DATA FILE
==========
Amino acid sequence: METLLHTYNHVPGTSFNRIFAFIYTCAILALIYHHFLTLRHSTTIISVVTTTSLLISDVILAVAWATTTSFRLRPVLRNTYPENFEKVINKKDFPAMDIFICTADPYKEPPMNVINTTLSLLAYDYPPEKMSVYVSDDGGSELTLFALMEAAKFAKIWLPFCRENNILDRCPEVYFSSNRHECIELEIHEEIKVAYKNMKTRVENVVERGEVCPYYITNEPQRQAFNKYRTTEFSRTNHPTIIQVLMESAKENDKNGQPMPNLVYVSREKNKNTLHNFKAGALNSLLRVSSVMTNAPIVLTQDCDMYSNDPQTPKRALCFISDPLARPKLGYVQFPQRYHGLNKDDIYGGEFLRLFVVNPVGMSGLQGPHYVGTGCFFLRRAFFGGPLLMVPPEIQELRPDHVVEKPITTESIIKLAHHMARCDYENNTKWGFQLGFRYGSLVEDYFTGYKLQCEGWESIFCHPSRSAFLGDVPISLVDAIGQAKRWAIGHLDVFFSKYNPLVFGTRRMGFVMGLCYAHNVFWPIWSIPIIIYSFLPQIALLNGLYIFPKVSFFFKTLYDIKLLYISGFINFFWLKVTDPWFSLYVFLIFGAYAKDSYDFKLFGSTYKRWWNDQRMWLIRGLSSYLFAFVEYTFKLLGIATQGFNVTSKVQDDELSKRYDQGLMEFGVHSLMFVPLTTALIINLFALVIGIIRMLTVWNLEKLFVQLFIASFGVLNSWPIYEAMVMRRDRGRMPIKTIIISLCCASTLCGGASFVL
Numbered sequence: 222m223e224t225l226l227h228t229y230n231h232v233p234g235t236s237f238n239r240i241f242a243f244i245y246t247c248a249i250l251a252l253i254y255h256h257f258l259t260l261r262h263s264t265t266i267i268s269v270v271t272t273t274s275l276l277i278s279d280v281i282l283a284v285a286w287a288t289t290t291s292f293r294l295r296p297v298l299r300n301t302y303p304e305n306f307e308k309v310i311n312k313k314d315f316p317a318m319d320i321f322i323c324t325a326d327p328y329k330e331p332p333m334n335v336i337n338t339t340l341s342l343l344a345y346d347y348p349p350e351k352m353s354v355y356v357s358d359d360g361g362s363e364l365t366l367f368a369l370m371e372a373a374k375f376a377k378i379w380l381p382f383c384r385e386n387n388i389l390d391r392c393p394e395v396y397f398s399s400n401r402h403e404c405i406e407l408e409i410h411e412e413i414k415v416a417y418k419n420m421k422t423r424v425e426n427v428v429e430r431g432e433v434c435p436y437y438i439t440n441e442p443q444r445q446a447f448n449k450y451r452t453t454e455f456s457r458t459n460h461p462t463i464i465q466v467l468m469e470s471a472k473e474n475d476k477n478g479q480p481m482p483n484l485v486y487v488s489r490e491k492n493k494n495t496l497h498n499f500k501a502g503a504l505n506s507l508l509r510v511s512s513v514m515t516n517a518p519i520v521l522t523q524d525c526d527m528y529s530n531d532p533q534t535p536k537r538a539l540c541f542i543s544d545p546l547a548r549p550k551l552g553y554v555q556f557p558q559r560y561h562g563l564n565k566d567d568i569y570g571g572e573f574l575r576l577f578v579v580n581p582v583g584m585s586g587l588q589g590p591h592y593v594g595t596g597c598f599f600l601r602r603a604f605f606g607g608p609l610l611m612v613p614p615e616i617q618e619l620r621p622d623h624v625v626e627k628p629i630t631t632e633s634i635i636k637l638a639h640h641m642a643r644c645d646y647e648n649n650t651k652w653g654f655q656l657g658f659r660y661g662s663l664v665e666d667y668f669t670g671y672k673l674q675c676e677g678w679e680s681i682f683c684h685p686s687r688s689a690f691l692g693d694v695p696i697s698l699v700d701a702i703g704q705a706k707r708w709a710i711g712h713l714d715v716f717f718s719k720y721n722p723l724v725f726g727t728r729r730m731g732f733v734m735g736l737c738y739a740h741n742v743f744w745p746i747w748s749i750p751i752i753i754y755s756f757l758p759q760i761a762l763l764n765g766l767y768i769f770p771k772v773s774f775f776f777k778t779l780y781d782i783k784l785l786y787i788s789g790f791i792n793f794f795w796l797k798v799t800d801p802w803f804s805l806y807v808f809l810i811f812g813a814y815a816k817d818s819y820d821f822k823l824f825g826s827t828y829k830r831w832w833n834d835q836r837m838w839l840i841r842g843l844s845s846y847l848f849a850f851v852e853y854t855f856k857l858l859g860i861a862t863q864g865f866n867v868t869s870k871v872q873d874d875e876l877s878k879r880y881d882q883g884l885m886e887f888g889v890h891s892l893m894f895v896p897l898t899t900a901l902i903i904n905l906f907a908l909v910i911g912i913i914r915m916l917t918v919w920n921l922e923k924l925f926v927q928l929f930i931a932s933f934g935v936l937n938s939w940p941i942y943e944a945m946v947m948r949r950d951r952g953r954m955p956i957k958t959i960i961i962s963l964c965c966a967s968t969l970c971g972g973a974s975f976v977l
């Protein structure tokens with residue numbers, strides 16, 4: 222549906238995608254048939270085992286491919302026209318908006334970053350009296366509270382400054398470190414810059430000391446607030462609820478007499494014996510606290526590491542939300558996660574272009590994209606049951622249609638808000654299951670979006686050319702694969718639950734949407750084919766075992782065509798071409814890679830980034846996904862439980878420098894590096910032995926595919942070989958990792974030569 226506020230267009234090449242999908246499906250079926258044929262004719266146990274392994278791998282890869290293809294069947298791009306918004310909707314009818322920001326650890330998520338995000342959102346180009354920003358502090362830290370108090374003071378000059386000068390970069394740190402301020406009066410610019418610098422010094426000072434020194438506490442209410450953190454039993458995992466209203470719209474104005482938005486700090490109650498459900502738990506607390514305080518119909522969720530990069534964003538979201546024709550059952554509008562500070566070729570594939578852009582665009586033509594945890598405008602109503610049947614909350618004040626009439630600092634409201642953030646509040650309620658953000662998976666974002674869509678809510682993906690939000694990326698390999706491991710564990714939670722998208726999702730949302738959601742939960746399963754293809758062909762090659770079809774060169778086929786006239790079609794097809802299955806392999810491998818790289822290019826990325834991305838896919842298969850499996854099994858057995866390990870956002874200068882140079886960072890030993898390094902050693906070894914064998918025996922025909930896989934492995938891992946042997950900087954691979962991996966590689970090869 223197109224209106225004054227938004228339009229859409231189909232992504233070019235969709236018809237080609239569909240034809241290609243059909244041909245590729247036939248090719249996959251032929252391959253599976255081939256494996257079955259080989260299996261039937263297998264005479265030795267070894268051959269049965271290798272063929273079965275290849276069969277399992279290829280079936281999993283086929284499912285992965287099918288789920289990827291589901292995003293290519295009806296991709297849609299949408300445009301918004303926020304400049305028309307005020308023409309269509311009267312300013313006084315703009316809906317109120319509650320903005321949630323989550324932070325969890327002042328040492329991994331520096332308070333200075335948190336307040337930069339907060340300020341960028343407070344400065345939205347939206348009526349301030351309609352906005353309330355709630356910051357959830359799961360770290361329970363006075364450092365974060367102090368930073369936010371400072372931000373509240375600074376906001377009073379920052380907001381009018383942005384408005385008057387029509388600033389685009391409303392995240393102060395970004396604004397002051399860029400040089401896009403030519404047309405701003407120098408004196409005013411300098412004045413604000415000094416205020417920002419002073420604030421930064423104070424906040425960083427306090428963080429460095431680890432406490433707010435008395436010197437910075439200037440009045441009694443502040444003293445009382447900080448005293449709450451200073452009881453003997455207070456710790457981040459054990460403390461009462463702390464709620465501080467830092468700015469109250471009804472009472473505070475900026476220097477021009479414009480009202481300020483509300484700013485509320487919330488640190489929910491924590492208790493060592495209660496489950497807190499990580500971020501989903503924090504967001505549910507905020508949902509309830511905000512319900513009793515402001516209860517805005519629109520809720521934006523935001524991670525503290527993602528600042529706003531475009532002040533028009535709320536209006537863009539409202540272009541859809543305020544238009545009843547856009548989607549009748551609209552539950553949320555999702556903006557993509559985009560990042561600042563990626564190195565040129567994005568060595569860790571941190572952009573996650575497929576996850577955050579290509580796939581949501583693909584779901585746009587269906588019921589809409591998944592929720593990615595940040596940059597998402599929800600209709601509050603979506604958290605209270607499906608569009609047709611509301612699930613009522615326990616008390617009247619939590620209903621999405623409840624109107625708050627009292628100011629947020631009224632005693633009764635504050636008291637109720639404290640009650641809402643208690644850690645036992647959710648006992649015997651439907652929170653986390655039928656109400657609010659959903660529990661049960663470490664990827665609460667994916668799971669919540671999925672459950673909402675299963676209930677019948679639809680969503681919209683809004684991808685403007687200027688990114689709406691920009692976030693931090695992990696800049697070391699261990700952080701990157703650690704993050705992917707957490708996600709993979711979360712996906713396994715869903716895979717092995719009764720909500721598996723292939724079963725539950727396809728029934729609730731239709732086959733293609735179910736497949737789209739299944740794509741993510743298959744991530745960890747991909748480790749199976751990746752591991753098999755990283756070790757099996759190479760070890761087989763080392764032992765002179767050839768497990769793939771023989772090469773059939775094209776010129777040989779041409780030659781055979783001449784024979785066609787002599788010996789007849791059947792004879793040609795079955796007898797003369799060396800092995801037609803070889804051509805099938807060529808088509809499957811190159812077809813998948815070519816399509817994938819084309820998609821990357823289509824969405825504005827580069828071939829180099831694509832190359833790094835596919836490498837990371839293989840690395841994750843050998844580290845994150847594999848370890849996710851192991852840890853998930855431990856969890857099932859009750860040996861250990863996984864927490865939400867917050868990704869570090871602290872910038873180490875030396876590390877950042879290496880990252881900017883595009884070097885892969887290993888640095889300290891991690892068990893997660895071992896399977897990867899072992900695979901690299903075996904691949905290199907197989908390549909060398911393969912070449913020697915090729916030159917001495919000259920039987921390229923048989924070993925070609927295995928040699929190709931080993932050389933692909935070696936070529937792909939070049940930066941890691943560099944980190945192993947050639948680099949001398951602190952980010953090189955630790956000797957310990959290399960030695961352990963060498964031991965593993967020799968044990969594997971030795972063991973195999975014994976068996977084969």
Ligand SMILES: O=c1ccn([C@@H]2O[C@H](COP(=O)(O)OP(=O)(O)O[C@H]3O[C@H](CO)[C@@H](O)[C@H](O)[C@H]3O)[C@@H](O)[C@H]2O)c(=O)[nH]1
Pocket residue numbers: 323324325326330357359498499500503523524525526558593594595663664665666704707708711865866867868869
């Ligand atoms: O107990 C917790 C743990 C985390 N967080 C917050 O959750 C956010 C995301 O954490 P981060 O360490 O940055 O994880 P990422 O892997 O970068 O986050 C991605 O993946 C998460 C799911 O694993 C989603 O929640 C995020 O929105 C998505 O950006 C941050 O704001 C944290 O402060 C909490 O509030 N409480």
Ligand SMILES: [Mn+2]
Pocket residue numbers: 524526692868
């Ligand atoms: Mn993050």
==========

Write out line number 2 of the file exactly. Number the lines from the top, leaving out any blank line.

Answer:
Numbered sequence: 222m223e224t225l226l227h228t229y230n231h232v233p234g235t236s237f238n239r240i241f242a243f244i245y246t247c248a249i250l251a252l253i254y255h256h257f258l259t260l261r262h263s264t265t266i267i268s269v270v271t272t273t274s275l276l277i278s279d280v281i282l283a284v285a286w287a288t289t290t291s292f293r294l295r296p297v298l299r300n301t302y303p304e305n306f307e308k309v310i311n312k313k314d315f316p317a318m319d320i321f322i323c324t325a326d327p328y329k330e331p332p333m334n335v336i337n338t339t340l341s342l343l344a345y346d347y348p349p350e351k352m353s354v355y356v357s358d359d360g361g362s363e364l365t366l367f368a369l370m371e372a373a374k375f376a377k378i379w380l381p382f383c384r385e386n387n388i389l390d391r392c393p394e395v396y397f398s399s400n401r402h403e404c405i406e407l408e409i410h411e412e413i414k415v416a417y418k419n420m421k422t423r424v425e426n427v428v429e430r431g432e433v434c435p436y437y438i439t440n441e442p443q444r445q446a447f448n449k450y451r452t453t454e455f456s457r458t459n460h461p462t463i464i465q466v467l468m469e470s471a472k473e474n475d476k477n478g479q480p481m482p483n484l485v486y487v488s489r490e491k492n493k494n495t496l497h498n499f500k501a502g503a504l505n506s507l508l509r510v511s512s513v514m515t516n517a518p519i520v521l522t523q524d525c526d527m528y529s530n531d532p533q534t535p536k537r538a539l540c541f542i543s544d545p546l547a548r549p550k551l552g553y554v555q556f557p558q559r560y561h562g563l564n565k566d567d568i569y570g571g572e573f574l575r576l577f578v579v580n581p582v583g584m585s586g587l588q589g590p591h592y593v594g595t596g597c598f599f600l601r602r603a604f605f606g607g608p609l610l611m612v613p614p615e616i617q618e619l620r621p622d623h624v625v626e627k628p629i630t631t632e633s634i635i636k637l638a639h640h641m642a643r644c645d646y647e648n649n650t651k652w653g654f655q656l657g658f659r660y661g662s663l664v665e666d667y668f669t670g671y672k673l674q675c676e677g678w679e680s681i682f683c684h685p686s687r688s689a690f691l692g693d694v695p696i697s698l699v700d701a702i703g704q705a706k707r708w709a710i711g712h713l714d715v716f717f718s719k720y721n722p723l724v725f726g727t728r729r730m731g732f733v734m735g736l737c738y739a740h741n742v743f744w745p746i747w748s749i750p751i752i753i754y755s756f757l758p759q760i761a762l763l764n765g766l767y768i769f770p771k772v773s774f775f776f777k778t779l780y781d782i783k784l785l786y787i788s789g790f791i792n793f794f795w796l797k798v799t800d801p802w803f804s805l806y807v808f809l810i811f812g813a814y815a816k817d818s819y820d821f822k823l824f825g826s827t828y829k830r831w832w833n834d835q836r837m838w839l840i841r842g843l844s845s846y847l848f849a850f851v852e853y854t855f856k857l858l859g860i861a862t863q864g865f866n867v868t869s870k871v872q873d874d875e876l877s878k879r880y881d882q883g884l885m886e887f888g889v890h891s892l893m894f895v896p897l898t899t900a901l902i903i904n905l906f907a908l909v910i911g912i913i914r915m916l917t918v919w920n921l922e923k924l925f926v927q928l929f930i931a932s933f934g935v936l937n938s939w940p941i942y943e944a945m946v947m948r949r950d951r952g953r954m955p956i957k958t959i960i961i962s963l964c965c966a967s968t969l970c971g972g973a974s975f976v977l